REAL STEEL is in the vein
of Disney/ Dreamworks family films for the 21st century. You have the down-on-your-luck ex-boxer who has a kid he doesn't
want to raise and he learns to love his son. The film features robot boxing and so REAL STEEL is a family sci-fi version
of Rocky with robots. Evangeline Lily is wasted in her small role as the love interest of the ex-boxer. He is
a down-and-out man who somewhat find redemption, but the robot boxing is the real steal of REAL STEEL.
Charlie Kenton (Hugh Jackman) travel
across the country about 10 years in the future where robot boxing is very popular. He finds out his son Max
(Dakota Goyo) is left alone after his mother is killed in an accident. Charlie doesn't want Max, but he ends up up
with him for the summer after selling Max to Max's aunt and older husband. After another robot is trashed in the ring,
Charlie and Max break into a junkyard where Max comes across an old robot called Atom. Charlie wants to sell Atom every
chance he gets, but Max believes this robot has a chance. It could even lead to a David Vs. Goliath match
between Atom and the big robot champion Zeus.
REAL STEEL is a an interesting film
which delivers on a few fronts while leaving some threads hanging like what is the level of Atom's intelligence.
Does the owner of Zeus (the daughter of a rich Russian businessman) know something about Atom that the movie never
says? I point to a scene where Atom and Max are running around the streets at night and Max asks Atom if
he can understand him. I wonder is Atom more than a programmable robot with the moves of Charlie and Max. Could
this robot boxer be independent and evolve?
REAL STEEL does have charm and the
robot boxing is impressive even though I wish the viewer saw more of the final robot boxing match and what happens
in the aftermath of the match once Max, Charlie, and Atom leave the ring. REAL STEEL has enough to
show the world as a rundown future that looks the same with robot boxing as the new form of entertainment.
If they do make a sequel, I want to see more about Atom's origins and whether Charlie will spend even more time with his son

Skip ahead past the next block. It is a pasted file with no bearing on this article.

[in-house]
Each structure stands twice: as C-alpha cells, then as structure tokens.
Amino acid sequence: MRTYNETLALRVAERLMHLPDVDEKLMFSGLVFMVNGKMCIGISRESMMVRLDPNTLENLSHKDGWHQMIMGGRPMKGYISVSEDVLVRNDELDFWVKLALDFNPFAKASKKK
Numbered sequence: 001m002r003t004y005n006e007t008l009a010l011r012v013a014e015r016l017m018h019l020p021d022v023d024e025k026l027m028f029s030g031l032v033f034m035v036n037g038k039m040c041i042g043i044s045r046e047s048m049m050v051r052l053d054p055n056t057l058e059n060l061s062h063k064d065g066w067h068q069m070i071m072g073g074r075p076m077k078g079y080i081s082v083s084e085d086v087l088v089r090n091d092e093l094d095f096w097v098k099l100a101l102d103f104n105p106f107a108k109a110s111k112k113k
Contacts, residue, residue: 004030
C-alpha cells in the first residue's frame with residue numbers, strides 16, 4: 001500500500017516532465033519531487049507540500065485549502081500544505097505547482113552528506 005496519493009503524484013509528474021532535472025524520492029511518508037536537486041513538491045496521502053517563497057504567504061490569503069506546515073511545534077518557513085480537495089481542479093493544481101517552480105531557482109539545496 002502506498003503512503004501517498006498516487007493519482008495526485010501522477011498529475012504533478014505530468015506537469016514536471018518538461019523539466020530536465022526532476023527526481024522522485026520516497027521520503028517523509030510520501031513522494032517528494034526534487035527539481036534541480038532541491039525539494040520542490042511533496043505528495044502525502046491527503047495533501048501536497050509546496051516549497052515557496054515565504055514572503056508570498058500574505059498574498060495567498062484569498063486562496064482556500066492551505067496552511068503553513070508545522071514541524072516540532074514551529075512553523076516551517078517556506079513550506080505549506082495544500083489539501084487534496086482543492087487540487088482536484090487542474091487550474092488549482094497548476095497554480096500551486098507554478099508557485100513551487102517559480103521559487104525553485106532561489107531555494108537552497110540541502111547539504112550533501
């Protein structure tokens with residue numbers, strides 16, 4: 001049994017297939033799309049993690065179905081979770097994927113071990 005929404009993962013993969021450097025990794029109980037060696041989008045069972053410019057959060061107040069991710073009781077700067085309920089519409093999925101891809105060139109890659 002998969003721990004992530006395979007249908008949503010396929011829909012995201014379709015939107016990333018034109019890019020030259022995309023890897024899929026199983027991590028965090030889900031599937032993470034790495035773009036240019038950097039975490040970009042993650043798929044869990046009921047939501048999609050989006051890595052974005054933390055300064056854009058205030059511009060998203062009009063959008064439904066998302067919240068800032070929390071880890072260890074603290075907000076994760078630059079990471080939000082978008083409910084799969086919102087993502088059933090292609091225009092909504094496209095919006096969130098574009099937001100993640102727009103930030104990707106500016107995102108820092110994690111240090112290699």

Max. The movie has parallels to the first ROCKY and I wonder if a sequel will parallel the arc
of ROCKY 2.
The audio commentary with Director Shawn
Levy reveals details about the making of the film including a few changes like backing off from having Atom being a magical
type of robot (he decided to leave it to the audience to decide whether Atom was a self-aware robot).
The deleted and extended scenes (with introductions
by Shawn Levy) shows a different version of an early scene in the film and the excised Butterfly storyline which reveals more
about Max as a con-man while proving more character development. On one
side, the Butterfly storyline could have added more to the film and yet it could have also made the film even overlong (maybe
it will show up included back in the movie for commercial TV airings). The
blooper reel is OK. I wish they included the theatrical trailer on the
DVD and/or Blu-ray.
I wish they didn't split the making-of
extras up and only include some on the DVD. The ESPN style COUNTDOWN
TO THE FIGHT: THE CHARLIE KEATON STORY gives more background into the life of Charlie Keaton and I wish it was also on the
MAKING OF METAL VALLEY- a behind-the-scenes
look at how they filmed and created the Metal Valley scenes which are a combination of on location over four days and green
screen work to enhance it in post-production.
BUILDING THE BOTS- a look at how the film
used a combination of CGI and building the actual robots to give depth to how the robots appear in the film to make it a little
SUGAR RAY LEONARD: CORNERMAN'S CHAMP- behind the scenes with the film's boxing consultant, Sugar Ray Leonard as you see
Sugar Ray's moves being integrated into the robot boxing moves seen in the film.
It features interviews with sugar Ray, the Shawn Levy, and Hugh Jackman.
REAL STEEL SECOND SCREEN: RINGSIDE WITH
SHAWN LEVY is an interactive BD-Live
option that you need to connect the disc with the internet on your computer as it provides exclusive content not on the Blu-ray
or DVD. I like the idea of extra content, but I wish they just include
it on the discs instead.
FINAL ANALYSIS: REAL STEEL is a crowd
pleaser family film. Some extras do give excellent behind-the-scenes materials while I do feel torn a whole subplot
was deleted from the film (thankfully it is included on the Blu-ray as deleted scenes.
this review is (c)1-21-2012 David
Blackwell and cannot be reprinted without permission. send all comments to firstname.lastname@example.org